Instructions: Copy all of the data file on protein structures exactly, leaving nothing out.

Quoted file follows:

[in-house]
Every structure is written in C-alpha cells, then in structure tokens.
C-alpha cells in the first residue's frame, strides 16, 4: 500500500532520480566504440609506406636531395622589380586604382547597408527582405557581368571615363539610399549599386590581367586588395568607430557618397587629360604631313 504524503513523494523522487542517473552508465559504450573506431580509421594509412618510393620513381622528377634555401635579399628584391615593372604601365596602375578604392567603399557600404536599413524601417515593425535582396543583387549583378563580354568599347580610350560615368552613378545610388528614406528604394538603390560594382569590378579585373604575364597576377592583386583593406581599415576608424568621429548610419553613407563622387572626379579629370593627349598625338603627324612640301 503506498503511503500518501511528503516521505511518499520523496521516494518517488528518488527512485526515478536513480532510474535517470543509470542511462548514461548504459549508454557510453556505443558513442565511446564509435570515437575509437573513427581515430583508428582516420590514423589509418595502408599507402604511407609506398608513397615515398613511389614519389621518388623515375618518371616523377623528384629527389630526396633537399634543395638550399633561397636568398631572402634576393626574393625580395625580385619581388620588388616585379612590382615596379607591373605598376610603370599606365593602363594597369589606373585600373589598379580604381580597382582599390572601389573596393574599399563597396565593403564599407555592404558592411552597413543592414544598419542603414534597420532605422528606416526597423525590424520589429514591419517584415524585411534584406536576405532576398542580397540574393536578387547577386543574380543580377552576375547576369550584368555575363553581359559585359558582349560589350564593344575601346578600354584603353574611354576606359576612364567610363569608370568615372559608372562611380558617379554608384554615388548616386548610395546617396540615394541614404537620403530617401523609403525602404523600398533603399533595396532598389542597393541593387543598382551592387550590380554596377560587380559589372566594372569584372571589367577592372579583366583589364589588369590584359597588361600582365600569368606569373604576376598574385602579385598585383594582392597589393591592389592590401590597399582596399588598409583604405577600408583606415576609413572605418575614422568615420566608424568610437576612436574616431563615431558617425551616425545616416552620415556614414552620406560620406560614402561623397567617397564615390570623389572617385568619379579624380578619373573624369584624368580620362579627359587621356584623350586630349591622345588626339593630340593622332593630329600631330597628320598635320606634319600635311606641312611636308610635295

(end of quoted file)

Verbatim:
[in-house]
Every structure is written in C-alpha cells, then in structure tokens.
C-alpha cells in the first residue's frame, strides 16, 4: 500500500532520480566504440609506406636531395622589380586604382547597408527582405557581368571615363539610399549599386590581367586588395568607430557618397587629360604631313 504524503513523494523522487542517473552508465559504450573506431580509421594509412618510393620513381622528377634555401635579399628584391615593372604601365596602375578604392567603399557600404536599413524601417515593425535582396543583387549583378563580354568599347580610350560615368552613378545610388528614406528604394538603390560594382569590378579585373604575364597576377592583386583593406581599415576608424568621429548610419553613407563622387572626379579629370593627349598625338603627324612640301 503506498503511503500518501511528503516521505511518499520523496521516494518517488528518488527512485526515478536513480532510474535517470543509470542511462548514461548504459549508454557510453556505443558513442565511446564509435570515437575509437573513427581515430583508428582516420590514423589509418595502408599507402604511407609506398608513397615515398613511389614519389621518388623515375618518371616523377623528384629527389630526396633537399634543395638550399633561397636568398631572402634576393626574393625580395625580385619581388620588388616585379612590382615596379607591373605598376610603370599606365593602363594597369589606373585600373589598379580604381580597382582599390572601389573596393574599399563597396565593403564599407555592404558592411552597413543592414544598419542603414534597420532605422528606416526597423525590424520589429514591419517584415524585411534584406536576405532576398542580397540574393536578387547577386543574380543580377552576375547576369550584368555575363553581359559585359558582349560589350564593344575601346578600354584603353574611354576606359576612364567610363569608370568615372559608372562611380558617379554608384554615388548616386548610395546617396540615394541614404537620403530617401523609403525602404523600398533603399533595396532598389542597393541593387543598382551592387550590380554596377560587380559589372566594372569584372571589367577592372579583366583589364589588369590584359597588361600582365600569368606569373604576376598574385602579385598585383594582392597589393591592389592590401590597399582596399588598409583604405577600408583606415576609413572605418575614422568615420566608424568610437576612436574616431563615431558617425551616425545616416552620415556614414552620406560620406560614402561623397567617397564615390570623389572617385568619379579624380578619373573624369584624368580620362579627359587621356584623350586630349591622345588626339593630340593622332593630329600631330597628320598635320606634319600635311606641312611636308610635295